For 80 years I have loved and been loved by the companionship, friendship, fun, laughter, joy and LOVE for, with, & from a dog or two.

  • Dr Chadwell | May 25, 2019 at 6:14 pm

    My assistance dog passed some years ago. After grieving the loss it took 6 years to locate a rescued German Shepherd to train as my new best friend 5 weeks ago. Within the first 4 weeks I lost so much weight from being too sedentary, not only did my pants fit, I needed a belt I’d never been able to wear before!! AND as a disabled person I’ve gotten more things done around the homestead than I have in 3 years! #AdoptDontShop !!!

  • Debbie | May 25, 2019 at 5:43 pm

    We totally agree with the article and have also read the pets/humans research linked to Blue Zones initiative and know how beneficial for us owning pets are. We are currently selling a condo that we own and where my 92-year old mother has lived for nearly 10 years. We were planning on moving into that condo ourselves once she moved to independent living, but the condo association refuses to even consider allowing pets of any kind so the bylaws will not change. We were hoping they would come around to allowing pets with some stipulations. Now that she is moved into independent living (and loving it) we are selling the condo rather than live there. We chose a different condo and both us...my husband and myself...and our darling Bailey..our maltese/shitzhu... love where we live. Such a loss for those living in the other community.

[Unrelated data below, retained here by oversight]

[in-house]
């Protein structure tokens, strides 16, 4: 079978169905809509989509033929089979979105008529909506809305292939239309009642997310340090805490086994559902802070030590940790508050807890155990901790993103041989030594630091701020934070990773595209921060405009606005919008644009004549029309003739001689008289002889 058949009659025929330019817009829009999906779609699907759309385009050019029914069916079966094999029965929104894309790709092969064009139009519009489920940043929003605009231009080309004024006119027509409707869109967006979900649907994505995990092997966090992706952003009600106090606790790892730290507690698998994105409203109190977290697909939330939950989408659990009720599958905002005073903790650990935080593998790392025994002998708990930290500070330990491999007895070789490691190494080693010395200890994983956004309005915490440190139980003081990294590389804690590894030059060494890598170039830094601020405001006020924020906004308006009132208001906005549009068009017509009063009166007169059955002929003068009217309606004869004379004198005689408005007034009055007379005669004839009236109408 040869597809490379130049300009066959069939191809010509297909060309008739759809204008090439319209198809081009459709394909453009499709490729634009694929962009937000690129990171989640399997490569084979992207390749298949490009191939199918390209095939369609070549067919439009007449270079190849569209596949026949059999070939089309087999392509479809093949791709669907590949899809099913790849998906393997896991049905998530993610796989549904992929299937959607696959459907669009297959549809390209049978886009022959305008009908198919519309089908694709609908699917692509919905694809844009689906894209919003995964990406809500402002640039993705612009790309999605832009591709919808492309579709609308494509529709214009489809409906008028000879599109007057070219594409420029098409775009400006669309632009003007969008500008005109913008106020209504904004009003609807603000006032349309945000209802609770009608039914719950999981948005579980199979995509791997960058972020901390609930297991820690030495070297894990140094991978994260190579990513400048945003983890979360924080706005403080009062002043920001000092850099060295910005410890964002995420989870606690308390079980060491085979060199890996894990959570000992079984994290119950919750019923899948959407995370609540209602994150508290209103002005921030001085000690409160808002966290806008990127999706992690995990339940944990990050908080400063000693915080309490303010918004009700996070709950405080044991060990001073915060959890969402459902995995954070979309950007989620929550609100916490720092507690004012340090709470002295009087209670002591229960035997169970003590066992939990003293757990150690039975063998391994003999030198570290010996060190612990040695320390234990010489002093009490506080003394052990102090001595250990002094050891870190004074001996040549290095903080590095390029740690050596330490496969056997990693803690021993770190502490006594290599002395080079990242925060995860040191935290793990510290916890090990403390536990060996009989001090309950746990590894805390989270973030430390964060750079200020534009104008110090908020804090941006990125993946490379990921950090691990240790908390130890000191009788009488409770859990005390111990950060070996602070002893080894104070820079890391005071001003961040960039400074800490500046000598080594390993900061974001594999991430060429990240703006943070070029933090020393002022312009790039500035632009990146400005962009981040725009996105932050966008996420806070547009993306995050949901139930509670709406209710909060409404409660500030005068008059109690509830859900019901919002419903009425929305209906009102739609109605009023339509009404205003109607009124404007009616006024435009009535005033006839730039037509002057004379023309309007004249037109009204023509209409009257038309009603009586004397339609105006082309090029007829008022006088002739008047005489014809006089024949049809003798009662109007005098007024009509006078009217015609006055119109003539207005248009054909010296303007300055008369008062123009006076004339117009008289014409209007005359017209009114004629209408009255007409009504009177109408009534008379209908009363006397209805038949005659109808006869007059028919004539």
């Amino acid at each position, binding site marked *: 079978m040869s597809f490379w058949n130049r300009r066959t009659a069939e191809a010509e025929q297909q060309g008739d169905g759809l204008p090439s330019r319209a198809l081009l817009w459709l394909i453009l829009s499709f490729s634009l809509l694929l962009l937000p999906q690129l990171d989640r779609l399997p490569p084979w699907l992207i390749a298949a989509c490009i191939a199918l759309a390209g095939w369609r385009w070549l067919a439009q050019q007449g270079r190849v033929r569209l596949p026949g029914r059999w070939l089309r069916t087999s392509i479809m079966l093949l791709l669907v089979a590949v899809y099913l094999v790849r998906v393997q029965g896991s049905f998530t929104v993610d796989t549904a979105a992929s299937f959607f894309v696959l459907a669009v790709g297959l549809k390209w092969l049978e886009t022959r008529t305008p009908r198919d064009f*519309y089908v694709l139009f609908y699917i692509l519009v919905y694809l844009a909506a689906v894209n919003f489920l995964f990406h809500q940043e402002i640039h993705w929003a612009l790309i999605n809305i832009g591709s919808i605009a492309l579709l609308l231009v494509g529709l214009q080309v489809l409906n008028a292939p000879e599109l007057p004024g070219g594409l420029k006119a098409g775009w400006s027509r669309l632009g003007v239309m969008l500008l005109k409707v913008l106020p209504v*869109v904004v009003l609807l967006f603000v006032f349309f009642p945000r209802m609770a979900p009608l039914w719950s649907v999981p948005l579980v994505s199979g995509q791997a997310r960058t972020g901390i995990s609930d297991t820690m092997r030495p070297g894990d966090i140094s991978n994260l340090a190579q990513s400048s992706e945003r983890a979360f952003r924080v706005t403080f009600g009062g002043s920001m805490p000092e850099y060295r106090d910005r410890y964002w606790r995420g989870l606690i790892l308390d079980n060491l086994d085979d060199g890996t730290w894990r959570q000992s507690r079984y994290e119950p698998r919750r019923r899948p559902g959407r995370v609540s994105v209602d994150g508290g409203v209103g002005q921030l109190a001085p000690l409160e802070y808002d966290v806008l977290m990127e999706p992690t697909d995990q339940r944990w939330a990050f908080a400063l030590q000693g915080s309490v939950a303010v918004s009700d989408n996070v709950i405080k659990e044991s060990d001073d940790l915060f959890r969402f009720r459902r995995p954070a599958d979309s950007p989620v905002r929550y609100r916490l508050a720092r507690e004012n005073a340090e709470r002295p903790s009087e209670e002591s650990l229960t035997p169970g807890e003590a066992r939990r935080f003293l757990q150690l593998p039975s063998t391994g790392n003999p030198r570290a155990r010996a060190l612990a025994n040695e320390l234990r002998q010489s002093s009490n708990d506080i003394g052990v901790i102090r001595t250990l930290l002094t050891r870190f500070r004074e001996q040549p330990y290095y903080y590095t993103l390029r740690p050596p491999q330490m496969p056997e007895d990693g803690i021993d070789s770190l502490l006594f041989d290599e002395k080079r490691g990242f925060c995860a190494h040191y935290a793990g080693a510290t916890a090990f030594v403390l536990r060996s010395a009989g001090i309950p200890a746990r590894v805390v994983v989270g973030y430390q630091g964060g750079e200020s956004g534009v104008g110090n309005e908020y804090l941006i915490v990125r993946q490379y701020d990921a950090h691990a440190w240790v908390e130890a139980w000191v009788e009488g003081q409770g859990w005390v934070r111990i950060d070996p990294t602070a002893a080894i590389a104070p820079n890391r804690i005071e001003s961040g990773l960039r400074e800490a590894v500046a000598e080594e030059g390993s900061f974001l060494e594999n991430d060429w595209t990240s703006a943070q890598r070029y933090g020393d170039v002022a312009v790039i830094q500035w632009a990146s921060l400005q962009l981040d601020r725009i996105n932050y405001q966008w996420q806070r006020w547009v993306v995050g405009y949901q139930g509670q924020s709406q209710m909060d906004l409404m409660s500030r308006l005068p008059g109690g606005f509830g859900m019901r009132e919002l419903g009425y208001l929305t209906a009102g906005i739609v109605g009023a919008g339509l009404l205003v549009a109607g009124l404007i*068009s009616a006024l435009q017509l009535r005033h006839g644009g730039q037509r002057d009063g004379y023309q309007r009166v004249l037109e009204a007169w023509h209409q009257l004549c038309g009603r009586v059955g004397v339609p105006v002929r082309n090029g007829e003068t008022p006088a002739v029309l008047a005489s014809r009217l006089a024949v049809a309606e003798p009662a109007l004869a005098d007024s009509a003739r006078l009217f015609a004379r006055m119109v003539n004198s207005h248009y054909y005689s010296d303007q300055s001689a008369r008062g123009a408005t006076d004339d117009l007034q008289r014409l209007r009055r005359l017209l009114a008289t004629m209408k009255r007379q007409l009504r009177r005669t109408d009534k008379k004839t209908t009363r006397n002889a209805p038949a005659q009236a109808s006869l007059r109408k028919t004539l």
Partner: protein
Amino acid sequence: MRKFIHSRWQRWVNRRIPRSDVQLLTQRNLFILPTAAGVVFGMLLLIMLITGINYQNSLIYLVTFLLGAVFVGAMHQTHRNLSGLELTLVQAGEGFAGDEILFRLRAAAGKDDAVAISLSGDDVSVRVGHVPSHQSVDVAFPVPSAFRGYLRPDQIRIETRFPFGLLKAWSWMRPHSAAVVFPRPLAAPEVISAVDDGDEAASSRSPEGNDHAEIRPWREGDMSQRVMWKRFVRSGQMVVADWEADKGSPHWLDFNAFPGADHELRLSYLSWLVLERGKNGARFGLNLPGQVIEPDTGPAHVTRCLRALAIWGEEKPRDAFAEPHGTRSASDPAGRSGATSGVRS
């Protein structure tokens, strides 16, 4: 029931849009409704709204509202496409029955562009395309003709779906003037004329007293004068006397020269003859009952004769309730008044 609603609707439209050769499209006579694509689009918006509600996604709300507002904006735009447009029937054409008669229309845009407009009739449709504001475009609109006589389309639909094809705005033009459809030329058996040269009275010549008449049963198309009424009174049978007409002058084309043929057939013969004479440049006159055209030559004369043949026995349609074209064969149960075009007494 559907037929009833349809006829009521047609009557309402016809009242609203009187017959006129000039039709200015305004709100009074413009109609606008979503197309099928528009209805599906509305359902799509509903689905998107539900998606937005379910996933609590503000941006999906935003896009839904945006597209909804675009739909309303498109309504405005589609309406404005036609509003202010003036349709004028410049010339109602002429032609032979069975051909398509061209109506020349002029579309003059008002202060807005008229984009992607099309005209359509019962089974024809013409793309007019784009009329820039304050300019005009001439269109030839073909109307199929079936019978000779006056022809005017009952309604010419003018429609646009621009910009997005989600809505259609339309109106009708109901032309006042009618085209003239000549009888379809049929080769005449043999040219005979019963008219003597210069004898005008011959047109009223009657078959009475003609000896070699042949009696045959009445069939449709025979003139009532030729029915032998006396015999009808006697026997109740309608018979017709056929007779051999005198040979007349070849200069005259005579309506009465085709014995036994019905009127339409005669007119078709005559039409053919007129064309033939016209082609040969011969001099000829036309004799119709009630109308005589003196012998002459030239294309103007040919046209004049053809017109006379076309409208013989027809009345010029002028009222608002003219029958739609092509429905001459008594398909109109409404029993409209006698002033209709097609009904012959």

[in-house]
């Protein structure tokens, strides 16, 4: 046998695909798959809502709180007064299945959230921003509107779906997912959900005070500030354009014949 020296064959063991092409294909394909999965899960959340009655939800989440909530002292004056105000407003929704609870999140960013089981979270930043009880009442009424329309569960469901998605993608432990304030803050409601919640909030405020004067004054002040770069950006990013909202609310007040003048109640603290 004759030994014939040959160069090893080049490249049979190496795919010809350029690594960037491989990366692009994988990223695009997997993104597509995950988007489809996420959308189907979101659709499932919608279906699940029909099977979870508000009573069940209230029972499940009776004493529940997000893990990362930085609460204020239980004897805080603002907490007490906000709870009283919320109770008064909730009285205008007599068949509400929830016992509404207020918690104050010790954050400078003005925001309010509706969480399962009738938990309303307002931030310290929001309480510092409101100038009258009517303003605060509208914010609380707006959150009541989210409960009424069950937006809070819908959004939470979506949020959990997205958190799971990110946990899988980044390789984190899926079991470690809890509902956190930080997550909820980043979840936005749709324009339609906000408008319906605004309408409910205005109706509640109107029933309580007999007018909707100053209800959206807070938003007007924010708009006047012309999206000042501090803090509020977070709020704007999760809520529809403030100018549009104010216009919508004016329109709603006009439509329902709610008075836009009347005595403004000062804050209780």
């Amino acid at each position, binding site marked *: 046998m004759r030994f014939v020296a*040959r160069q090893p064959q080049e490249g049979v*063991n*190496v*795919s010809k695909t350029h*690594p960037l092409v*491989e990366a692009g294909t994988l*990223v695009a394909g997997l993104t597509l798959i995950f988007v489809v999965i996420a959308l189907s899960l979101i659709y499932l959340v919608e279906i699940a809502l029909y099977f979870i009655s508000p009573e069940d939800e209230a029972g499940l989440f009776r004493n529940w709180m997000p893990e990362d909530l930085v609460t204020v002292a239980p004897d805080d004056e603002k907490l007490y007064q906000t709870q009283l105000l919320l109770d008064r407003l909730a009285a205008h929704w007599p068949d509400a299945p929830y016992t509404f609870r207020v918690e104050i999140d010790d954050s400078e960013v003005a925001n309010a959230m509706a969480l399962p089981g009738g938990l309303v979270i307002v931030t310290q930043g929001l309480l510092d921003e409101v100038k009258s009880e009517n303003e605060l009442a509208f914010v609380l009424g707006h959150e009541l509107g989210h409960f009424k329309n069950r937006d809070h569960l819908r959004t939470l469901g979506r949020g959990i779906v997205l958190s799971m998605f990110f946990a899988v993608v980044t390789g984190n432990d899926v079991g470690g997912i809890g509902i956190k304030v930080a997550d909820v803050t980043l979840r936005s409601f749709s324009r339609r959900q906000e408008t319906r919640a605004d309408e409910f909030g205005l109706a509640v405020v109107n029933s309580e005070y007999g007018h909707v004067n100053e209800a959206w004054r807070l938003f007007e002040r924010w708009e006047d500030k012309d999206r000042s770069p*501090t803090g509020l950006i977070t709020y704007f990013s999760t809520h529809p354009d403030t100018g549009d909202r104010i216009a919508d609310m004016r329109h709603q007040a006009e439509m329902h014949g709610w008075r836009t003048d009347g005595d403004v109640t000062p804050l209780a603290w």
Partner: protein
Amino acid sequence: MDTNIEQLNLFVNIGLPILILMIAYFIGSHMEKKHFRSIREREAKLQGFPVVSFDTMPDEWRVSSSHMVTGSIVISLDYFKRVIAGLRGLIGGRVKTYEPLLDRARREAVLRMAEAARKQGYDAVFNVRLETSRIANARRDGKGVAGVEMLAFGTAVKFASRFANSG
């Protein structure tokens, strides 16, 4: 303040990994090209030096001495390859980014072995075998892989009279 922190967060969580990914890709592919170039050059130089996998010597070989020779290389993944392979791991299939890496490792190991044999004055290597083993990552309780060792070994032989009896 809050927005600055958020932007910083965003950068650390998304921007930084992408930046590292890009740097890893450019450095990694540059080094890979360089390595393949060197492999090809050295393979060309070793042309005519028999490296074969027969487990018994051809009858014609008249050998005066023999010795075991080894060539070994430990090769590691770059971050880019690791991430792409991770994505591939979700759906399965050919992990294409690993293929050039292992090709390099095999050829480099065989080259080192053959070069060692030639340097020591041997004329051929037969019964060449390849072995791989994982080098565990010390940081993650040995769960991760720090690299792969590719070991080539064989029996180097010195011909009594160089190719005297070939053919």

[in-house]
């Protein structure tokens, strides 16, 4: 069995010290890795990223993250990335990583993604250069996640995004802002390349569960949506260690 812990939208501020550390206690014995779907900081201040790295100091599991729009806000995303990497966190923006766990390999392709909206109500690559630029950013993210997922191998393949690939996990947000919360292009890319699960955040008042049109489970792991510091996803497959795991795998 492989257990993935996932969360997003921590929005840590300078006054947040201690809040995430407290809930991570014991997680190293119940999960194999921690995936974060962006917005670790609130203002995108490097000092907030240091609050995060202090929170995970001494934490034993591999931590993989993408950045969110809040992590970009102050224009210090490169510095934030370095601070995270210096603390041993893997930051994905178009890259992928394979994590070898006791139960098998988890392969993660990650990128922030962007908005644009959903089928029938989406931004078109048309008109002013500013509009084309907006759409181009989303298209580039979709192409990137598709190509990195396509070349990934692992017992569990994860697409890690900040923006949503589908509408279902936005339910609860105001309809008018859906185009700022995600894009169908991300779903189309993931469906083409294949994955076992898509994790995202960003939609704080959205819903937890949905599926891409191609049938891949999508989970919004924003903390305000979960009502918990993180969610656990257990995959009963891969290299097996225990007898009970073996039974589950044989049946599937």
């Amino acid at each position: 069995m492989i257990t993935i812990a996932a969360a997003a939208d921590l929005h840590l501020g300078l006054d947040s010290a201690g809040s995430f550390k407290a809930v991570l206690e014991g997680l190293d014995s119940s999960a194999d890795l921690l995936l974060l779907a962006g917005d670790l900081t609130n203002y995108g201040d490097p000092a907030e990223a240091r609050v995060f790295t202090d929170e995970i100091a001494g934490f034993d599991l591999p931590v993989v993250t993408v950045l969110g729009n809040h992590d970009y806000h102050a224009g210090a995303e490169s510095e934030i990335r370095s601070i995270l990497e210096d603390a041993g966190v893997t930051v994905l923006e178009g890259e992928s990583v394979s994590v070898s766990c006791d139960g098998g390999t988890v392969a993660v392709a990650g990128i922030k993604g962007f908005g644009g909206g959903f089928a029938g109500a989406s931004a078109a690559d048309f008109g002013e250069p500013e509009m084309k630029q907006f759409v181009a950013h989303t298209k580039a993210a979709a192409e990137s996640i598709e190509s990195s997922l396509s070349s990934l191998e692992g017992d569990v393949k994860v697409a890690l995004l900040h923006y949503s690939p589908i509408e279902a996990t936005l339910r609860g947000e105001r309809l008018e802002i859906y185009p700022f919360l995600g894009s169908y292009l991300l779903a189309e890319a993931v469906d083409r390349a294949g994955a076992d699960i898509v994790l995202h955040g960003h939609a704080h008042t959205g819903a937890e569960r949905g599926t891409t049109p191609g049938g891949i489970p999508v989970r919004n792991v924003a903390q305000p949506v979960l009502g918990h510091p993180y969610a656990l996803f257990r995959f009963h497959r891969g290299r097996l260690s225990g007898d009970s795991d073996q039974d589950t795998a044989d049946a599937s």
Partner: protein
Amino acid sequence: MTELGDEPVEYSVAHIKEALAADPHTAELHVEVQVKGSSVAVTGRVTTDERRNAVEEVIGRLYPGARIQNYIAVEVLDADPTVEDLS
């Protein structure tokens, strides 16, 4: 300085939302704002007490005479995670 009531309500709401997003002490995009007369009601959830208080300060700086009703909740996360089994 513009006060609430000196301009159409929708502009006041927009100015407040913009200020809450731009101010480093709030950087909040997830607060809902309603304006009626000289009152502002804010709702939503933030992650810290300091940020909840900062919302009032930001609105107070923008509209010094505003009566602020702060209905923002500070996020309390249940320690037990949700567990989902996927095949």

• Gretchen Grevelding | May 25, 2019 at 5:22 pm

    If dogs are so wonderful for seniors, why won’t you insure me because I have one? I have a companion Rottweiler, who loves everyone but definitely causes strangers to think twice before approaching my house because of his voice. He keeps any would-be burglars away so he shouldn’t be a cause for insurance denial.

  • Kurt | May 25, 2019 at 3:59 pm

    Although I agree with all the benefits of having a dog around as a senior my biggest issue with having a pet of any kind is I can barely keep myself alive I cannot even imagine trying to keep a pet alive. I have trouble just trying to keep a plant alive. The first time I would have to take the pet to a vet I would be filing for bankruptcy the next day.

  • James Sanders, LMFT | May 25, 2019 at 3:55 pm

    Yes, dogs may help some who are not getting good human interaction but as a psychotherapist, it is far healthier to invest in a human than a dog. Dogs are definitely better than nothing obviously. Please, no offense to anyone.

  • Kathy | May 25, 2019 at 3:49 pm

    I have two rescue dachshunds....don’t want to think about life without them, as they age. They truly give unconditional love. They sense your moods, give a lot of comfort. They do keep routine in my retirement life! Lots of love..both ways!

  • Steve A. | May 25, 2019 at 3:48 pm